Why Spring MLB Games Matter (Sort of): And Other Baseball Thoughts

Or do they count more than we imagine?
I usually do a preliminary evaluation of the Major League Baseball season sometime around the All-Star break. This year, though, I want to turn my attention to other matters, including the old adage that spring training games don’t matter at all and those in April and May hardly matter. These are, at best, half truths.

Confession time: I ignored the New York Yankees impressive spring training record and picked them to finish last in the American League East. They currently sit atop it. I still don’t think the season will end that way, but simple math makes my last place prediction unlikely. By the end of May, the Yankees had already won 30 games and unless they fall apart completely, they will put to rest the notion that early games don’t matter. There are 112 games left to play. Tons of baseball, right? Yes and no. To finish the season with a winning record, the Yankees can go a paltry 52-60 (.464). Tweak this slightly. If the Yankees play .500 ball (56-56) they will finish with 86 wins, possibly good enough to get into the postseason.

The Astros, at a blistering 38-16, would have to implode not to make the postseason, but let's consider the Cubs, last year’s World Series champs. At the end of May they were a mediocre 25-27. I still think they will win the weak NL Central, but there’s almost no chance of them duplicating last year’s 103 wins. They’d have to go 78-32 to do so, a stunning .709 pace. None of these numbers mean that the Yankees or Astros will go to World Series or that the Cubs won’t, but they are provocative.

Sheath Your Sabermetrics:

The fast start of the Yankees and the unexpectedly decent ones of the Twins, Brewers, and Rockies fuel my saber-skepticism. I don’t reject all sabermetric analysis, but there sure is a lot of junk science lurking among the useful stuff. The two worst categories are UZR (Ultimate Zone Rating) and WAR (Wins Above Replacement value). UZR only works if every batted ball goes consistently into apportioned zones, each chance is of equal difficulty, and all external variables are taken into account (field conditions, shifts, weather, the quality of the pitchers, etc.). Impossible. But nothing is as dumb as WAR, a form of voodoo math that purports to measure how many wins or losses an existing player brings to the team in comparison to a theoretical replacement player. A what!?

Those who actually watch baseball instead of spinning algorithms know that among the game’s beauties is its ability to defy logic. Show me the WAR cipher who, in 2016, said that if the Yankees benched Brian McCann—a player most WARmongers like way better than I—that Gary Sanchez would rise from the minors and hit 20 homeruns in 53 games. That was, of course, a statistical fluke. This year he has four after 52 games and that’s my point: you can’t come up with foolproof models for a sport with this many variables. That’s why unexpected players end up as heroes in situations where the models say they should fail.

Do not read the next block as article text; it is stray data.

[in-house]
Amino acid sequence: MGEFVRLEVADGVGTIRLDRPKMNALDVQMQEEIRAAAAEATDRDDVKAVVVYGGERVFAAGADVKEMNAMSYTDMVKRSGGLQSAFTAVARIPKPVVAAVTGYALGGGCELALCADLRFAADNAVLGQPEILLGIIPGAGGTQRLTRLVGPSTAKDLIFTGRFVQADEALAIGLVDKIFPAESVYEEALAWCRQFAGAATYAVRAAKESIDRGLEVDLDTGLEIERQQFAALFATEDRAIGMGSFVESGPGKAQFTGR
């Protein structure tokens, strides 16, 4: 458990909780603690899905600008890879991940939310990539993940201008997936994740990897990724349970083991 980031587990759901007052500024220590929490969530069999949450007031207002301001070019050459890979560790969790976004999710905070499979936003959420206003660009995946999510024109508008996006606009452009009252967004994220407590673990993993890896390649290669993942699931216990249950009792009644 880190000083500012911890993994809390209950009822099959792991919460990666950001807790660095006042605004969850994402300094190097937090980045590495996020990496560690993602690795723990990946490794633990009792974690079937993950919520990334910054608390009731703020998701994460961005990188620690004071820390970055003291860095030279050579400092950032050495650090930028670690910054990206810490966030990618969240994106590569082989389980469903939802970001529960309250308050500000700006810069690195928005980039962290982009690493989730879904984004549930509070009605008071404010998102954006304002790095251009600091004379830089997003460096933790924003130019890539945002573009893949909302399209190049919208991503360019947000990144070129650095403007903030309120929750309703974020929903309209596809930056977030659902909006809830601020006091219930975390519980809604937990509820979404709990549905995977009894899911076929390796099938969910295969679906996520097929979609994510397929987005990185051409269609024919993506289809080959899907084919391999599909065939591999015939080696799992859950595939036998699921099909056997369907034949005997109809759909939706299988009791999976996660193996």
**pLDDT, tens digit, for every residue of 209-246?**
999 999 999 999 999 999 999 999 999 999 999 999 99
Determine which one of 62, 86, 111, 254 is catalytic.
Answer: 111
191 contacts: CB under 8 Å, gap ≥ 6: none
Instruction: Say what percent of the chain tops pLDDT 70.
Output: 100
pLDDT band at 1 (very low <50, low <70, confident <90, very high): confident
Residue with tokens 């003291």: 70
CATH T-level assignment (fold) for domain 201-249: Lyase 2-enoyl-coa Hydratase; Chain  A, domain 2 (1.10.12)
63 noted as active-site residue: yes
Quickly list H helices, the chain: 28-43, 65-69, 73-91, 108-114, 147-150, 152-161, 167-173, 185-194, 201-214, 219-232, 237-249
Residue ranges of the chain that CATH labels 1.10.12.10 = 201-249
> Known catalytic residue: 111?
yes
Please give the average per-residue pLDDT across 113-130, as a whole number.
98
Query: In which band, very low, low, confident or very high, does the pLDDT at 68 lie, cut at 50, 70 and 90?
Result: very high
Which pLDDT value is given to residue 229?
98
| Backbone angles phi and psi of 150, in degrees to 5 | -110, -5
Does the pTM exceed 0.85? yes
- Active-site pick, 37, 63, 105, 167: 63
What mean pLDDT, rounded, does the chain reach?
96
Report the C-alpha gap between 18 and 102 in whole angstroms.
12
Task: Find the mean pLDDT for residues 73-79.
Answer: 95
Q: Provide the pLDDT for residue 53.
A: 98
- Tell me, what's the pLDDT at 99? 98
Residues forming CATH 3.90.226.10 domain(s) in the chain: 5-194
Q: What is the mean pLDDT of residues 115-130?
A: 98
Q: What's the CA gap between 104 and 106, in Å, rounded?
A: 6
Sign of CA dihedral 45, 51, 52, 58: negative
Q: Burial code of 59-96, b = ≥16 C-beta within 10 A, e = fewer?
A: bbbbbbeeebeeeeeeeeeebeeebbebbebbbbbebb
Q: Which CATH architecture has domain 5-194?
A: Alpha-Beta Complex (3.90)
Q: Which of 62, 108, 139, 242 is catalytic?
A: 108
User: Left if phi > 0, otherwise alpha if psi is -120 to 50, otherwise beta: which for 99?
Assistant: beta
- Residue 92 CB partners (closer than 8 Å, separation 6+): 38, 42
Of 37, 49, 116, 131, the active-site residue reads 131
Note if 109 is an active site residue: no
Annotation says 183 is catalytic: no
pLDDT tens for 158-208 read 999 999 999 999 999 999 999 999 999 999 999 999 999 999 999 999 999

By the way, that I still think win/loss records matter for pitchers. There are lots of guys with “great stuff” and great stats who can’t seem to miss bats in crucial situations. Witness this year's Cubs' starters (which I predicted, by the way).

On the Field:

Although the Yankees probably won’t bring up the rear as I predicted, I’m not seeing enough pitching to avoid a tumble down the standings. Mashiro Tanaka’s agent is the only reason Tanaka isn’t undergoing Tommy John surgery; it would ruin his chance to use his opt out clause and squeeze a few more bucks out of some sucker. The Yankees have ridden big bats and a great bullpen thus far. The bats are likely to cool at some point and the pen is already exhausted from a subpar five innings and out starting staff.

I will say, though, that it would delight me if the Yankees ragtag pitchers took them further than the Red Sox dream staff of Sale, Price, Porcello, Pomeranz, et. al. Don’t think it will happen, but I’d love to see the sabermetrics crowd try to explain that one.

I’m enough of a Stathead to think Ervin Santana’s 7-2 start is a fluke. Bet the Twins can’t wait to get a haul for him before his past catches up with him. I’ll bet they also wish they could find a taker for Brian Buxton, the new poster child for the Can’t-Miss-But-Did prize. I’m afraid I still don’t believe in the Twins—not yet, anyhow. I might have to rethink the Diamondbacks, though. As for the Rockies, who the hell knows in that ballpark?

I didn’t think the Phillies would be good, but I thought they’d be better. I also thought the Mets would be good enough to win, but I sure didn’t foresee most of their pitching staff succumbing to injuries. The Giants have the same problem. Lousy April-May records will make it hard for either to make up ground. Pittsburgh sure has looked bad as well. Lucky for the Bucs they are in that weak NL Central.

Of course, just about anything could happen. Remember how the Jays went from hopeless to first two years ago with an August/September burst? Or how the Braves and Red Sox fell off the cliff in 2011? But I'm not sending in advance orders for Twins/Rockies World Series tix.  

 Rob Weir

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